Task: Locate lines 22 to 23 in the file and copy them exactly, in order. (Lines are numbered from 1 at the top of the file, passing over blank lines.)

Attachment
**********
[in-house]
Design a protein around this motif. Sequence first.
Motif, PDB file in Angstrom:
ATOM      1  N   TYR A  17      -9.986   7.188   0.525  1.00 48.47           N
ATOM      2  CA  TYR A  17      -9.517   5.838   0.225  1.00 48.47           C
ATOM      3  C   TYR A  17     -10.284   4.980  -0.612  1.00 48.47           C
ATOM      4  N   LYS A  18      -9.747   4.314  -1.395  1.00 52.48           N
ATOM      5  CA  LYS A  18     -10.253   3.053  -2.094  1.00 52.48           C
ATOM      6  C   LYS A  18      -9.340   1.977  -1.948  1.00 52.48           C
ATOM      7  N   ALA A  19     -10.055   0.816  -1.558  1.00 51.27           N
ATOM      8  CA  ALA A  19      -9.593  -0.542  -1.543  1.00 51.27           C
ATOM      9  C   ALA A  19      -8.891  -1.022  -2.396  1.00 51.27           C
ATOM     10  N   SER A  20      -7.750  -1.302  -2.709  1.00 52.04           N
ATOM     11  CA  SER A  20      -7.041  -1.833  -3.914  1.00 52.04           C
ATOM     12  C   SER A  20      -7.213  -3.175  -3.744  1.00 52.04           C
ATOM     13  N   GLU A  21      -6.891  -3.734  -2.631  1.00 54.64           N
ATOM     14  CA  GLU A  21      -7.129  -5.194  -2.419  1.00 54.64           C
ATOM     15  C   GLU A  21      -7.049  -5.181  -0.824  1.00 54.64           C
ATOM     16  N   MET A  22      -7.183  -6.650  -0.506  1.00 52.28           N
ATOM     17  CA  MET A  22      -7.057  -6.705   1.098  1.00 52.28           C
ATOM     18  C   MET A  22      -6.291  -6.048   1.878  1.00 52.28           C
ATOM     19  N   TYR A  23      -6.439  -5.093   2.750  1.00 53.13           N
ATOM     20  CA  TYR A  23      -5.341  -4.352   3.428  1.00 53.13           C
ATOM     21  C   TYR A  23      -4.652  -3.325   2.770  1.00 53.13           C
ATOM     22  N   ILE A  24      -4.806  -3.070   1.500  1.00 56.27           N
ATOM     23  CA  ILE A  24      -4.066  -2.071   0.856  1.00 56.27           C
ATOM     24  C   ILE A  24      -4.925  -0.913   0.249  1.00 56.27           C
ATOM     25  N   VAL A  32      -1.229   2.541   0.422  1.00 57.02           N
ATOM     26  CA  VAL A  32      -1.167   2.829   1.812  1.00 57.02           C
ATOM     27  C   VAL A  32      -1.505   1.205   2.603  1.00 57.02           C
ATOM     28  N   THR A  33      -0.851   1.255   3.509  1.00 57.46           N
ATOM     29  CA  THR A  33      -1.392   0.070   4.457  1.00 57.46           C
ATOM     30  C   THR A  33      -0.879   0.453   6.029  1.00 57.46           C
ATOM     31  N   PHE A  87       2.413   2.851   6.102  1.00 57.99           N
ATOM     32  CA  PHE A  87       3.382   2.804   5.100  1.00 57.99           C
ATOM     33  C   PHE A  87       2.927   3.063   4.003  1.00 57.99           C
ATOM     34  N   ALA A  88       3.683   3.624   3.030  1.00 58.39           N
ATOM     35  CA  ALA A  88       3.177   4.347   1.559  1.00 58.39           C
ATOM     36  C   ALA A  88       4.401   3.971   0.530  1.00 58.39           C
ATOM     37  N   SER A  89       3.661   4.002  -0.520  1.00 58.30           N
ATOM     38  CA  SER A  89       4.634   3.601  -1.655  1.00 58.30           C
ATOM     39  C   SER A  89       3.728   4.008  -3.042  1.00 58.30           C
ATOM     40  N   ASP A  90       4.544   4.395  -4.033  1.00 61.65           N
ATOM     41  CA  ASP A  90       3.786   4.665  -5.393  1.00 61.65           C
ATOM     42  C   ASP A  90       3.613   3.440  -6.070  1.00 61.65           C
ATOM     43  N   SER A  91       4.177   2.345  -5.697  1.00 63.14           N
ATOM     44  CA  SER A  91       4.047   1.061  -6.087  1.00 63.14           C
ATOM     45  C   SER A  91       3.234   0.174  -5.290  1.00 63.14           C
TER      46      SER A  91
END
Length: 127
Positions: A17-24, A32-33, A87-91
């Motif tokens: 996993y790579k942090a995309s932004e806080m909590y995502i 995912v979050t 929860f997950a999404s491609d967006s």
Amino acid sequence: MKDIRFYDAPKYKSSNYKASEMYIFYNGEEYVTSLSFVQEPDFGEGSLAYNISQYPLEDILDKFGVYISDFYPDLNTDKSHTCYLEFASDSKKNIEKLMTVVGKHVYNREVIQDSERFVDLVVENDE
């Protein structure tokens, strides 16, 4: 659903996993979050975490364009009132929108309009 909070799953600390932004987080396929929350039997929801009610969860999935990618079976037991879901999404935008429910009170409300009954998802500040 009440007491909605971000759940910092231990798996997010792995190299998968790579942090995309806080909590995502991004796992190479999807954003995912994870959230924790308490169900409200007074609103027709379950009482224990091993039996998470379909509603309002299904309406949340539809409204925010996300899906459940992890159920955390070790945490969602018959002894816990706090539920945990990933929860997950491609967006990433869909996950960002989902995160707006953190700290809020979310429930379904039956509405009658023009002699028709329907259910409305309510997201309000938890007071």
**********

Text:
ATOM     19  N   TYR A  23      -6.439  -5.093   2.750  1.00 53.13           N
ATOM     20  CA  TYR A  23      -5.341  -4.352   3.428  1.00 53.13           C